In the acting class, the students spent the hour in a movement exercise. Put into pairs, with the person who is also their partner in a scene they're working on from Hedda Gabler or Orpheus Descending, they had to walk around the room, at first in a seemingly random way, but later on with more and more precise instructions from the teacher, while keeping in character for their role and reacting to their partner's movement. It was fascinating. I kept writing notes. This instructor, Emily Harrison, was one of those teachers where every utterance from her lips was worth scribbling down on my pad of paper, and trying to apply to my own work as a writer and to my whole entire life.

Her first instruction: "This is not a thinking exercise, it's a doing exercise." That made me remember the advice cited by Rebecca Stead in her Newbery acceptance speech last year for When You Reach Me: "Don't think!" And it's actually how I've been writing my current novel, with much less thinking than in my previous books. I'm not thinking it, I'm just doing it.

In every scene in a play, Emily told her students, keep focusing on the question: "What does my character WANT?" Excellent writing advice, that.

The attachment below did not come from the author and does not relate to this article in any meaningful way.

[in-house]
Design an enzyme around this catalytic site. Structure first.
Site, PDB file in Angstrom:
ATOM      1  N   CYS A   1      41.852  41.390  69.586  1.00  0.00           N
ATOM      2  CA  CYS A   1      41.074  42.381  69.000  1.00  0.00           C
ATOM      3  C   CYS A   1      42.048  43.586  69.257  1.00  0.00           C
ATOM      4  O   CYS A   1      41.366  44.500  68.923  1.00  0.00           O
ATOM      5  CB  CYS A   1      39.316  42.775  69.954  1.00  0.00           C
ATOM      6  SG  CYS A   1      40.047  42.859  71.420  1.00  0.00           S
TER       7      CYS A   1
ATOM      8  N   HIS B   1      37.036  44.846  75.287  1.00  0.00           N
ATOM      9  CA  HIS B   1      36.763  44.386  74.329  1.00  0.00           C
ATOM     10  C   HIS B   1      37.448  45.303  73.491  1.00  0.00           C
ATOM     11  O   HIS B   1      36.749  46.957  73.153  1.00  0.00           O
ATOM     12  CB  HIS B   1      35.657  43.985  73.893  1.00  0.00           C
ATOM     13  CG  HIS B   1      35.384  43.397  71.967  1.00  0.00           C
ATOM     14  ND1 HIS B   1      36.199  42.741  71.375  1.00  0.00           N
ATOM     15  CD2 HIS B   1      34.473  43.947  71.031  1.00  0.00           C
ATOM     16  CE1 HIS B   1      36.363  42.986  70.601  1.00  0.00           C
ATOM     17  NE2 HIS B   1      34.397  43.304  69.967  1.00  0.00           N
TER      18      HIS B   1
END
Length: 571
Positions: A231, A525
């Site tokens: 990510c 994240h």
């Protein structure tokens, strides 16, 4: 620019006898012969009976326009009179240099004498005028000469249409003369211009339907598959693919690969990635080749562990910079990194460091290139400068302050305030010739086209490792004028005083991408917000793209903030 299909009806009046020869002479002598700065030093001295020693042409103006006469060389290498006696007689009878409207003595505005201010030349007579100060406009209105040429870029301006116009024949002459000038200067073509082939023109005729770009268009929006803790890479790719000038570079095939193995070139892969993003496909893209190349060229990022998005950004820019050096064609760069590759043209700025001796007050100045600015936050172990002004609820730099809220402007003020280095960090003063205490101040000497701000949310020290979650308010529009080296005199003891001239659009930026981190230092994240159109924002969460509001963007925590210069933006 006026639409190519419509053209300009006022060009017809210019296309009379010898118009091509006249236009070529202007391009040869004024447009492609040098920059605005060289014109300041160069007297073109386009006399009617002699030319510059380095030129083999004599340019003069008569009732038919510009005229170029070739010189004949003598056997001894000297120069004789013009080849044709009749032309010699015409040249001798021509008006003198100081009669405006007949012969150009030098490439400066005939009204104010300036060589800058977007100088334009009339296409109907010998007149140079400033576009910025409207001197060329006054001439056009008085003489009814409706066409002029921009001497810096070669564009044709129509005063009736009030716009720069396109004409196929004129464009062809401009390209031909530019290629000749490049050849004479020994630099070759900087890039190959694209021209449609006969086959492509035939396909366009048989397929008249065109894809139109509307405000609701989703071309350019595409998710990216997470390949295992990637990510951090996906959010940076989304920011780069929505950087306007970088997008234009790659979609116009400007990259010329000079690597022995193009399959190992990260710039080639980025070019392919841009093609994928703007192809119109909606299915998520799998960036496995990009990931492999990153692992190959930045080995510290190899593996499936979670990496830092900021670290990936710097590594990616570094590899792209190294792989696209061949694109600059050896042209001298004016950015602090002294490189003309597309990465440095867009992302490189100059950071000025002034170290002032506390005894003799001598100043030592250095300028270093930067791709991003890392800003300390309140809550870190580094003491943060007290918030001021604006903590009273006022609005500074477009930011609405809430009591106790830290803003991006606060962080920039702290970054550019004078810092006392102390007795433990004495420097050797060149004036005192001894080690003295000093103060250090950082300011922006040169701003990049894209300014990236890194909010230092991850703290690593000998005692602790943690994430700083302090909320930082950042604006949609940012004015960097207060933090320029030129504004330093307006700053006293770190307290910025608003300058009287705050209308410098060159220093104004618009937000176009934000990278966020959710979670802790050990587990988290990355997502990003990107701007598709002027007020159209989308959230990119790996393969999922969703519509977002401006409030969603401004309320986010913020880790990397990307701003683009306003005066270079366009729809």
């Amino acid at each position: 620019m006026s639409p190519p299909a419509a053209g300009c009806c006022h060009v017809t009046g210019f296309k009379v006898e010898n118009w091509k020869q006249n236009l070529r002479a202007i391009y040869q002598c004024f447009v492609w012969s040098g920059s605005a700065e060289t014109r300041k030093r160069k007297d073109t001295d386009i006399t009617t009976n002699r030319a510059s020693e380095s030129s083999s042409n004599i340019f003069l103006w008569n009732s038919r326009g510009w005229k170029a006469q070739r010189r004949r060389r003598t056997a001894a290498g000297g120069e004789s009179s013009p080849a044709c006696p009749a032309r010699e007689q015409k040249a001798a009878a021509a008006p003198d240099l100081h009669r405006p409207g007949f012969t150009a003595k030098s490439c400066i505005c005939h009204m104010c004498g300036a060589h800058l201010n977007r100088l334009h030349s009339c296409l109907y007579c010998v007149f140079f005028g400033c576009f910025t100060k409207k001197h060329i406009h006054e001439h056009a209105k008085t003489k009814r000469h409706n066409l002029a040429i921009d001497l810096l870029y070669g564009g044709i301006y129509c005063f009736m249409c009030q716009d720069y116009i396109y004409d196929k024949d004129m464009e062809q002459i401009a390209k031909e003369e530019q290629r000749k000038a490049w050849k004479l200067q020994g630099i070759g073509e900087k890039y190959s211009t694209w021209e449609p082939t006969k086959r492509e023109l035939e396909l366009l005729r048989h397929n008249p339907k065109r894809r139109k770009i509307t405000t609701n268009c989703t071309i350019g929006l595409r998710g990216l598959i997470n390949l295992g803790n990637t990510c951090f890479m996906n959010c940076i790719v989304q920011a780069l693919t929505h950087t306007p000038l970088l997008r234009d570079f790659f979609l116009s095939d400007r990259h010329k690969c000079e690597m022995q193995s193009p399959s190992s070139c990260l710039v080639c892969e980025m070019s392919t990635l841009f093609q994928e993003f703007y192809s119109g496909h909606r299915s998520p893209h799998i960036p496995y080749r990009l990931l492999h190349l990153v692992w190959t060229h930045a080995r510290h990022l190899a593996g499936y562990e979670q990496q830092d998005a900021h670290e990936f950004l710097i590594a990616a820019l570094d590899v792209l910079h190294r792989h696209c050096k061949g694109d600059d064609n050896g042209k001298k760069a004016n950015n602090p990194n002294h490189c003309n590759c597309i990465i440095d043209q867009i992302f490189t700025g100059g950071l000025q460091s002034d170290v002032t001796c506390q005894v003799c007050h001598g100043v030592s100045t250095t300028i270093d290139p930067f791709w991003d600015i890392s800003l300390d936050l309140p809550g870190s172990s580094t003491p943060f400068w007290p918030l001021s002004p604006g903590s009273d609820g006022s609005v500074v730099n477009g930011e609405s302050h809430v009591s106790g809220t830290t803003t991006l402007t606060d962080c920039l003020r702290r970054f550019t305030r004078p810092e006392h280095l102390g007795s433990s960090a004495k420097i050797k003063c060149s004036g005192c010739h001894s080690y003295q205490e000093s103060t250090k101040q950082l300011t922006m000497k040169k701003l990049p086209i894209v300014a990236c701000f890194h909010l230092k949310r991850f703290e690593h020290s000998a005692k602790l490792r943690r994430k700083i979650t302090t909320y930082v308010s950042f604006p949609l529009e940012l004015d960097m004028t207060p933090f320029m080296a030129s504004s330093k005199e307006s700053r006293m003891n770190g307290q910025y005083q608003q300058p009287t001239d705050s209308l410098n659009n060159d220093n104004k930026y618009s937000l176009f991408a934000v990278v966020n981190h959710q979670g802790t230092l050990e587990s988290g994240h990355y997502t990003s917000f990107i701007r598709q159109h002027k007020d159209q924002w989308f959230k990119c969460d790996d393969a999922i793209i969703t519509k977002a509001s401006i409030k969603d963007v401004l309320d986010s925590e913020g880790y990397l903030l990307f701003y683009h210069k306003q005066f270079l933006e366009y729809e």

And how is this for brilliant writing/life advice. As the students progressed in the exercise, which seemed at first to be going on too long, but then it seemed that the length of the exercise was precisely part of the point of it: "If you start thinking you are falling into a pattern, start doing the opposite. See what it feels like to make a different choice." Oh, Emily, I have fallen into so many problematic patterns! I need to make so many different choices!

Or: "Play with tempo. What is your character's internal tempo? Keep in mind that people in positions of power tend to have a slower tempo. The world waits for them." Hmm: my internal tempo is fast, fast, fast!

Or: "Don't be afraid of stillness. Stillness is beautiful at times."

And this wonderful closing line: "Human beings are notorious for automatically creating narrative. We are narrative-creating creatures."

Um. . . wow?

I love lines like that. I love classes like this one. And I love having a job where I get paid to attend them.

Saturday, March 12, 2011


My plan to prioritize poetry in my life this year has now become a maniacal craze. The problem started when I discovered that I write best while something else is going on, preferably a dull philosophy department colloquium talk. But then I started writing during interesting talks, and then during important talks... It's gotten so that as soon as a speaker stands behind a podium, lines of poetry leap into my brain and my fingers start tapping out the rhythm of lines in iambic pentameter.

This week, I wrote two poems while I observed a prize-nominated class in Geography. I wrote a poem while observing the recitations led by my terrific TAs for my Intro to Ethics class. I wrote a poem during the spectacular opening night talk by philosopher Charles Mills at the Morris Colloquium.

Now, I did also pay attention to the class, and to the recitations, and to the lecture. But I have to confess that my attention was somewhat divided.

Yet, what can I do when I sit down, and all of a sudden, as if hypnotized, I start writing.

(title) How to Write a Poem

(first line) Well, first you need a lacerated wound...

Then I'm a goner!


I write a sonnet almost every day.